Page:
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Year : 2021  |  Volume : 13  |  Issue : 2  |  Page : 67-73

Cancer mortality pattern in a resource-poor country: A Case study of a teaching hospital in the southeast region of Nigeria

1 Department of Anatomic Pathology and Forensic Medicine, Nnamdi Azikiwe University, Awka, Nigeria
2 Department of Internal Medicine, Nnamdi Azikiwe University Teaching Hospital, Uyo, Nigeria
3 Department of Histopathology, Nnamdi Azikiwe University Teaching Hospital, Uyo, Nigeria
4 Department of Anatomic Pathology, University of Uyo Teaching Hospital, Uyo, Nigeria

Correspondence Address:
Dr. Chinedu O Ndukwe
Department of Anatomic Pathology and Forensic Medicine, Nnamdi Azikiwe University, Awka
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Source of Support: None, Conflict of Interest: None

DOI: 10.4103/1947-489X.320345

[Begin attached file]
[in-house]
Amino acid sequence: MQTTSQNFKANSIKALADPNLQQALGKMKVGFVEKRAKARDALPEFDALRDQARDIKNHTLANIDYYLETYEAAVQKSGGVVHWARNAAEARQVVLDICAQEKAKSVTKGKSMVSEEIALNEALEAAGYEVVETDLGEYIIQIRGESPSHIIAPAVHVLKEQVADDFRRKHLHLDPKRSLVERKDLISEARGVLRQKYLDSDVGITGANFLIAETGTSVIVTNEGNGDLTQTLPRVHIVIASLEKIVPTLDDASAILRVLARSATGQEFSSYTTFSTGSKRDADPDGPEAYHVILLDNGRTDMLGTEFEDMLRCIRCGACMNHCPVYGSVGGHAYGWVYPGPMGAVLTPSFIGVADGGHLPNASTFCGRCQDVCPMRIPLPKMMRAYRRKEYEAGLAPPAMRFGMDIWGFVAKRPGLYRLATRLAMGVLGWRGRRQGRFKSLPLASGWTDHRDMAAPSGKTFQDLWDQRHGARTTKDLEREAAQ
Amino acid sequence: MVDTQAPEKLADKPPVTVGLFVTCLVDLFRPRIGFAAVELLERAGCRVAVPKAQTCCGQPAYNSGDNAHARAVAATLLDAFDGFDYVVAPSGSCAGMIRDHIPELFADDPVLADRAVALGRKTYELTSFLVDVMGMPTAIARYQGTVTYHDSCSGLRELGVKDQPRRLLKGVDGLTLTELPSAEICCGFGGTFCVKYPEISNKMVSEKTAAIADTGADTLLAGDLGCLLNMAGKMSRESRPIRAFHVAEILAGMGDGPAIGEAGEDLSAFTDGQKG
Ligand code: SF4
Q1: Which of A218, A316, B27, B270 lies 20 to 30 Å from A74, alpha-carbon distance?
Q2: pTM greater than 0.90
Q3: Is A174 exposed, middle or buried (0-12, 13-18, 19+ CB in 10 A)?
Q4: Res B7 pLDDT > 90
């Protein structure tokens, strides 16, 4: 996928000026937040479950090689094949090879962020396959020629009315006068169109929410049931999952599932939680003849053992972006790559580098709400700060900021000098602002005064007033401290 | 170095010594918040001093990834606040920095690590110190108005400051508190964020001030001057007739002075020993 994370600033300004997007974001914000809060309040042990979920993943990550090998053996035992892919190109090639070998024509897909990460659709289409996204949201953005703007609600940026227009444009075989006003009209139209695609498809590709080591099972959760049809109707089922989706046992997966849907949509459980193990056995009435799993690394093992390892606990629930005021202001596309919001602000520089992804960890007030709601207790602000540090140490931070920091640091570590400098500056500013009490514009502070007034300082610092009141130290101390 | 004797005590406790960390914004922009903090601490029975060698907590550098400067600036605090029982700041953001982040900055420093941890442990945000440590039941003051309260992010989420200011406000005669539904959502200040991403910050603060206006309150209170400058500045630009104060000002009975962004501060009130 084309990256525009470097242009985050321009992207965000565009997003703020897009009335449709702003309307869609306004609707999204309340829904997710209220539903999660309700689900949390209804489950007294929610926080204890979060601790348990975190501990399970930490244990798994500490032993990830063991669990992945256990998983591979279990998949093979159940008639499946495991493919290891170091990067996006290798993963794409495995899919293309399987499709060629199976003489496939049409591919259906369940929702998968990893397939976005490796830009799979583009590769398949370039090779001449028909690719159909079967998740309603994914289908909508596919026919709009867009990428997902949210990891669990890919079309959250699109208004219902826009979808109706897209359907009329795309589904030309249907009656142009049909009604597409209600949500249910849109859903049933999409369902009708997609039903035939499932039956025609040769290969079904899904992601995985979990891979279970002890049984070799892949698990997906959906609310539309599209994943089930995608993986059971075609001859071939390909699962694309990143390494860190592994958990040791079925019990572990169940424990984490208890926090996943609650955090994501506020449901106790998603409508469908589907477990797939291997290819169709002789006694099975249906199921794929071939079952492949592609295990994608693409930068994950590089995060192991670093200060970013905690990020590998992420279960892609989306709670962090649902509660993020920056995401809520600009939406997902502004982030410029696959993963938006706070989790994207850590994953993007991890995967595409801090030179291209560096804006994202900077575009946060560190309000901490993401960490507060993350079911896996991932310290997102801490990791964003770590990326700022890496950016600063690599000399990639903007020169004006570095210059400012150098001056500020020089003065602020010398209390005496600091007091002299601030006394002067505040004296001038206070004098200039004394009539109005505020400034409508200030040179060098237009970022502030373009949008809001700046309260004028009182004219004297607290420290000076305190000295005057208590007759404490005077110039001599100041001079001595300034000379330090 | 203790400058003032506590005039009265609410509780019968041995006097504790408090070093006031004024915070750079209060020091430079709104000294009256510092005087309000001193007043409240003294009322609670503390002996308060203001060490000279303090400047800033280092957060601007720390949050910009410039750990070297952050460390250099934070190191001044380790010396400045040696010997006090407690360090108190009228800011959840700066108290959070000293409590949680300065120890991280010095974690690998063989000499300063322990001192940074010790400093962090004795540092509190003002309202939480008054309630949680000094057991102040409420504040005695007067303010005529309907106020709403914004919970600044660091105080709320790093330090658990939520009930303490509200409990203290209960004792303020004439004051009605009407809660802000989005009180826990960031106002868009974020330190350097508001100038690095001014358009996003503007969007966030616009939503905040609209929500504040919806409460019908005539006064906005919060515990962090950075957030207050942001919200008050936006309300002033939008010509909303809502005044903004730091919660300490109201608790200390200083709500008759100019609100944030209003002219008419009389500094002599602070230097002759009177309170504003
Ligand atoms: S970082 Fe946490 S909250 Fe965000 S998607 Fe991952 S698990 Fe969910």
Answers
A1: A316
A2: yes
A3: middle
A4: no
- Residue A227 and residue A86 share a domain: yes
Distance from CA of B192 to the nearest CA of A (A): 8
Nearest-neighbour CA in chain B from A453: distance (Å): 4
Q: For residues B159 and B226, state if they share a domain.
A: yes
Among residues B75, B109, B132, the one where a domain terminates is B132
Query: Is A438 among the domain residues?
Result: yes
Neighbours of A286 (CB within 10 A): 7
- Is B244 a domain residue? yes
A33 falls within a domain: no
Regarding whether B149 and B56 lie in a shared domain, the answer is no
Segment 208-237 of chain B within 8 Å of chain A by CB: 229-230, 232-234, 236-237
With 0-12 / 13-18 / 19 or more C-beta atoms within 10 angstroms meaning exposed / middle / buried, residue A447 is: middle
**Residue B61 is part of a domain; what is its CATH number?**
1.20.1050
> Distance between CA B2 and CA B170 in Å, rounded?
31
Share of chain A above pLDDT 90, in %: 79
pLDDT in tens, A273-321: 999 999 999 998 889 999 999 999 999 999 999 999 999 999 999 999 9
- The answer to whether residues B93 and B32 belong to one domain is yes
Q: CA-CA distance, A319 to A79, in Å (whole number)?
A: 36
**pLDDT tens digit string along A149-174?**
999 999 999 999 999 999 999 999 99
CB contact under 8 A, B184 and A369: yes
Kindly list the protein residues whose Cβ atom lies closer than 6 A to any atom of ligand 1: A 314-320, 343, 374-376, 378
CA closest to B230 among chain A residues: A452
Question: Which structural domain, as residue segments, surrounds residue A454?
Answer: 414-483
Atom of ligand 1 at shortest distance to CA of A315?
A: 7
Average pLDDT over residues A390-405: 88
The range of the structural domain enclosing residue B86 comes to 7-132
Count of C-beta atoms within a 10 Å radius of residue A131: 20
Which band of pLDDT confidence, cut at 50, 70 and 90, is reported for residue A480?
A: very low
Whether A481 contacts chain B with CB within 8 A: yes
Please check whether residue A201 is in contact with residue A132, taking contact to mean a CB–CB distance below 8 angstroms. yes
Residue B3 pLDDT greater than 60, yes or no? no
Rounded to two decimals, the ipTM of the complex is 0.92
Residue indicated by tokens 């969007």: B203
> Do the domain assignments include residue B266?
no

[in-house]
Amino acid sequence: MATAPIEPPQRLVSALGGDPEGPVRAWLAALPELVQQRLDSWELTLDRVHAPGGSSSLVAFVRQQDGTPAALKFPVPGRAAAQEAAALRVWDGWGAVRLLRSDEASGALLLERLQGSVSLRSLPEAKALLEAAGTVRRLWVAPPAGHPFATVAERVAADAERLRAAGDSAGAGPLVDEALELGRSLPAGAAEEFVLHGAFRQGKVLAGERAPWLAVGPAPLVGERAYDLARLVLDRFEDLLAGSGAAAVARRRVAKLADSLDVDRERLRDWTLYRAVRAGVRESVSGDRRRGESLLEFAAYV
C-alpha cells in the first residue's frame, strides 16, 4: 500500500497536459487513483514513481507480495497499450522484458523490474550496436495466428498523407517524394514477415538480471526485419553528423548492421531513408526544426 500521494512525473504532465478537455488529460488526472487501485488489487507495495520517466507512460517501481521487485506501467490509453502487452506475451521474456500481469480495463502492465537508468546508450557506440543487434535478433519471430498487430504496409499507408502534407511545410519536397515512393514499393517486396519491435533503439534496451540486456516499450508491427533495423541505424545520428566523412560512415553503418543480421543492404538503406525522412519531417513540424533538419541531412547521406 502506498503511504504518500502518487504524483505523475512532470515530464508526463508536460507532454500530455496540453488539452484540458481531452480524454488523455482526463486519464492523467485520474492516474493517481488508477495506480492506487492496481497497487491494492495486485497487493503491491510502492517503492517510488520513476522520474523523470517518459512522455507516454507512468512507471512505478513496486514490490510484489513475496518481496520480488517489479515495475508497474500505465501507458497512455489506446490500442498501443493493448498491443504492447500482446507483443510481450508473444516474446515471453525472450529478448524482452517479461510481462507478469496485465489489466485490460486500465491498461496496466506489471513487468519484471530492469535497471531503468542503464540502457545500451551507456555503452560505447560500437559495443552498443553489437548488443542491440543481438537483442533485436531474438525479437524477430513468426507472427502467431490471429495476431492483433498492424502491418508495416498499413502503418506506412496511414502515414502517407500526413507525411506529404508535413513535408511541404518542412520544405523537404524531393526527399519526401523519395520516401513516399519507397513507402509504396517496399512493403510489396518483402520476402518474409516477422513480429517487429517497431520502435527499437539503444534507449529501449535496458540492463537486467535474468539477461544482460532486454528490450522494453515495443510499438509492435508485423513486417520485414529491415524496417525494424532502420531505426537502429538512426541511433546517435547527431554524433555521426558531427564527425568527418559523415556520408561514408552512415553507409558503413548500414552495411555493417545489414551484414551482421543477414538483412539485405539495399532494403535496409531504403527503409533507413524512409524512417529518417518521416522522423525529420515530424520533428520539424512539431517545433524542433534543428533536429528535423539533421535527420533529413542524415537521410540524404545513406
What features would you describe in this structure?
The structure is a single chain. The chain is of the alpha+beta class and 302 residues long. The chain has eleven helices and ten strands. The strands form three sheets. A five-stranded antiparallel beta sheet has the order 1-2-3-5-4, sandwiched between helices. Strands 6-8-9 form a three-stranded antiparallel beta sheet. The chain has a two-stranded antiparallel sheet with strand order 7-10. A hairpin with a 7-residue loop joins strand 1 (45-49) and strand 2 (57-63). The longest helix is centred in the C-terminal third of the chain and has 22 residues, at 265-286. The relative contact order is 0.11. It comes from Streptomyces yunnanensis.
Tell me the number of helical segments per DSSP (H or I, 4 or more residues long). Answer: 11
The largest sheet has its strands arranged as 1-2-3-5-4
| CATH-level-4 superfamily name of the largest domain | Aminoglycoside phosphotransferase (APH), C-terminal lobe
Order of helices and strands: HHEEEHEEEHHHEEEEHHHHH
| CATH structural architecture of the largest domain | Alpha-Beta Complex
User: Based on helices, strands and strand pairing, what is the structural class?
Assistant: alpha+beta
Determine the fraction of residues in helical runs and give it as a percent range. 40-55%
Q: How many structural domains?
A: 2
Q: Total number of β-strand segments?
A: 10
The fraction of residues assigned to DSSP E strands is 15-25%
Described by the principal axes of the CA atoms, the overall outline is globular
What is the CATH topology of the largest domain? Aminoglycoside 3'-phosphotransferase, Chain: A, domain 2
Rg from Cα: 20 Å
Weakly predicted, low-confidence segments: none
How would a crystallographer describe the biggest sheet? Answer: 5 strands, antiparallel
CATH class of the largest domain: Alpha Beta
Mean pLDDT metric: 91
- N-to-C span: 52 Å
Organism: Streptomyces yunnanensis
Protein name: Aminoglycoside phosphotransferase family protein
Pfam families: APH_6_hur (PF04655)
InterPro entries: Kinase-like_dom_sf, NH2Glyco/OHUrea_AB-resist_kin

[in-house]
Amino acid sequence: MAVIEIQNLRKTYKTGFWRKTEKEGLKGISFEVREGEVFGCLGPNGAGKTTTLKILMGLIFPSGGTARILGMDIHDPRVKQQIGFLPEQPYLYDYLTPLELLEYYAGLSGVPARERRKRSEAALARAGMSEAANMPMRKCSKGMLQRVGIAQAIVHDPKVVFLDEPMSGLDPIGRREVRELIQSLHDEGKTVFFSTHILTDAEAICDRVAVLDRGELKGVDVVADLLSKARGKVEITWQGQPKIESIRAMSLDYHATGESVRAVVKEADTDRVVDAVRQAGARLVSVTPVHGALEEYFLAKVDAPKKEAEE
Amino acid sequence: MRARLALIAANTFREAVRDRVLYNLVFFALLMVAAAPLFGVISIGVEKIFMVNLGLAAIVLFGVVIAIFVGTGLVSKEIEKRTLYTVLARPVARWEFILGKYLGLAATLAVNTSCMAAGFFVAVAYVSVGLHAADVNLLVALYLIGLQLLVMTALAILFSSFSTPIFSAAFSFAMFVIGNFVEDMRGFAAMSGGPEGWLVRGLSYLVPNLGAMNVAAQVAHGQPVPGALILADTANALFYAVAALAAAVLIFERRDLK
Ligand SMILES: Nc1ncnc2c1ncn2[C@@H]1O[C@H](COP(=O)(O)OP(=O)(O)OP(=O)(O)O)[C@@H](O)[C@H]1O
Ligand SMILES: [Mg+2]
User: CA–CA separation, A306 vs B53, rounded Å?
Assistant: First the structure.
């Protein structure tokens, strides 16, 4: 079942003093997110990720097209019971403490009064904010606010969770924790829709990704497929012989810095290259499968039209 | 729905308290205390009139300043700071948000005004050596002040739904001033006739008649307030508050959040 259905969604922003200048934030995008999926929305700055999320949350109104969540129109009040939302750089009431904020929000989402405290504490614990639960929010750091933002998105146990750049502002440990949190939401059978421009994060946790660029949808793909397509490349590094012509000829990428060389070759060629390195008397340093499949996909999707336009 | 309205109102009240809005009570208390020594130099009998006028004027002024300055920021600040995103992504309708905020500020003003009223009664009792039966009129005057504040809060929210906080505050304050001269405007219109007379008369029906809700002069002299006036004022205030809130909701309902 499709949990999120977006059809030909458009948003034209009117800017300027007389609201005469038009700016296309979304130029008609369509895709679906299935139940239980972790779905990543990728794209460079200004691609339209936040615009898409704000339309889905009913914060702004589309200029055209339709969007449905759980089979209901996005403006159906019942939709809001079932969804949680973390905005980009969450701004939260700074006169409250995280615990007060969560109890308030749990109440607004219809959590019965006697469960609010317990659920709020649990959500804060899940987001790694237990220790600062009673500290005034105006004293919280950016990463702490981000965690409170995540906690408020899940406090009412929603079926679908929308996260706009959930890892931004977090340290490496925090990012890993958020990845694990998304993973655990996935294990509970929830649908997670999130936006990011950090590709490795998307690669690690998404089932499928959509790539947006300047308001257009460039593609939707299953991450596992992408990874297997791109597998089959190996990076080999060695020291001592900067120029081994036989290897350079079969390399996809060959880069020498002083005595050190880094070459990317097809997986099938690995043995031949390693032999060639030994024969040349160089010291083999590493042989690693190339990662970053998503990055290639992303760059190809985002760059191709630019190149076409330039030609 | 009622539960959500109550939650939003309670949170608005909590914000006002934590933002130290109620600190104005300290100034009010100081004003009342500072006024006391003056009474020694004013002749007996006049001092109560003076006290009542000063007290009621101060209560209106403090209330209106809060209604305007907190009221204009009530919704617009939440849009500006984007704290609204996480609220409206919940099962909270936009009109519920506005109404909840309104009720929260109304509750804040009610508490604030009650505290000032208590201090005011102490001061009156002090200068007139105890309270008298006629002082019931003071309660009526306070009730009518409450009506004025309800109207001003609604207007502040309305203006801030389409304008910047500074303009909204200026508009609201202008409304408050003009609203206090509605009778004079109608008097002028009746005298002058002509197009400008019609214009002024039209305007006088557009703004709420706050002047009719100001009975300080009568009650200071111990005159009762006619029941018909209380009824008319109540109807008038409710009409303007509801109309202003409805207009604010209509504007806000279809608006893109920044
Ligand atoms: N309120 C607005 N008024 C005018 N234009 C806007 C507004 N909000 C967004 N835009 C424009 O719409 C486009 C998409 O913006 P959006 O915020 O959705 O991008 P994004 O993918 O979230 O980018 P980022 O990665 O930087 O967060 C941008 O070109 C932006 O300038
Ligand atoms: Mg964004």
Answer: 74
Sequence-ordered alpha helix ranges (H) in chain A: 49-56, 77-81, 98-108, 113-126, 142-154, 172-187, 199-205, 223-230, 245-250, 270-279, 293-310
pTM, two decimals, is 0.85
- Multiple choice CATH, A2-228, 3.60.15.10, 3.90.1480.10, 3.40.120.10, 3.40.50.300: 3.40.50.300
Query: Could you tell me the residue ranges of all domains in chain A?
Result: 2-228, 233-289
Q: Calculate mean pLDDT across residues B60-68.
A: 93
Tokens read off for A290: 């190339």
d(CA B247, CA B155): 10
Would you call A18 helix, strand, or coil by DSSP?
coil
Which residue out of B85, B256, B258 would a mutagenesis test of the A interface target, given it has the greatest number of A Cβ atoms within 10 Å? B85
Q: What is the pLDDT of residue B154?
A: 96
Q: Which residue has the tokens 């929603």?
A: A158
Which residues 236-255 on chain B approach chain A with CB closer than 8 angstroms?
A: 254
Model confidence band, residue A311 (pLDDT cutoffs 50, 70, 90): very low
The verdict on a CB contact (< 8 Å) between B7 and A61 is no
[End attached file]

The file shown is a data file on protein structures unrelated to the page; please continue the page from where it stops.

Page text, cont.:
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Background: There are many studies on the pattern and incidence of cancer, but there are few documented works on cancer mortality (CM). Even fewer are African studies on CM that encompass all cancers and reveal the relative contributions of the various cancers to the overall burden of CM. This retrospective study was therefore performed to determine the types and patterns of cancer deaths in Nnamdi Azikiwe University Teaching Hospital, Nnewi, Southeast, Nigeria, during the 10-year period from 2010 to 2019. Materials and Methods: Data were collected from the death data files in the mortuary unit of the department of anatomic pathology. These death data document the cause of death as issued by the attending medical/surgical/oncology teams or the pathologist that performed an autopsy on the deceased. Data collected included the deceased's age, sex, and underlying cause and date of death. Results: One thousand one hundred and sixty-six deaths (representing 10.3% of all hospital deaths) were due to cancers. There were 472 (40.5%) males and 694 (59.5%) females in the series (P < 0.001), giving a male-to-female ratio of 1:1.5. The mean age for males was 53.2 ± 22.6 years and that of females was 48.3 ± 17.9 years. A bimodal age distribution pattern of CM was noticed with peaks in the 0–10-year and 51–60-year age groups (P < 0.001). The second peak occurs a decade earlier in females (51–60 years) than in males (61–70 years). In terms of type, breast, liver, and hematological malignancies were among the top three causes of cancer deaths. Cancers of the breast, liver, hematolymphoid tissues, ovary, and cervix were the largest contributors to the cancer-associated mortality burden among females. Prostate, liver, hematological, pancreas, and colorectal malignancies were the leading cause of CM among males. Hematological malignancies resulted in the death of more children and young adults younger than 31 years. Breast and liver cancers accounted for the most cancer deaths that affected patients in the 31–60-year-old age group, while deaths due to prostate cancer predominated in those above 60 years of age. Conclusion: Cancers have remained a vital cause of mortality in our setting. Screening for premalignant lesions, early detection, and treatment of cancers are therefore keys to improving dismal outcomes.

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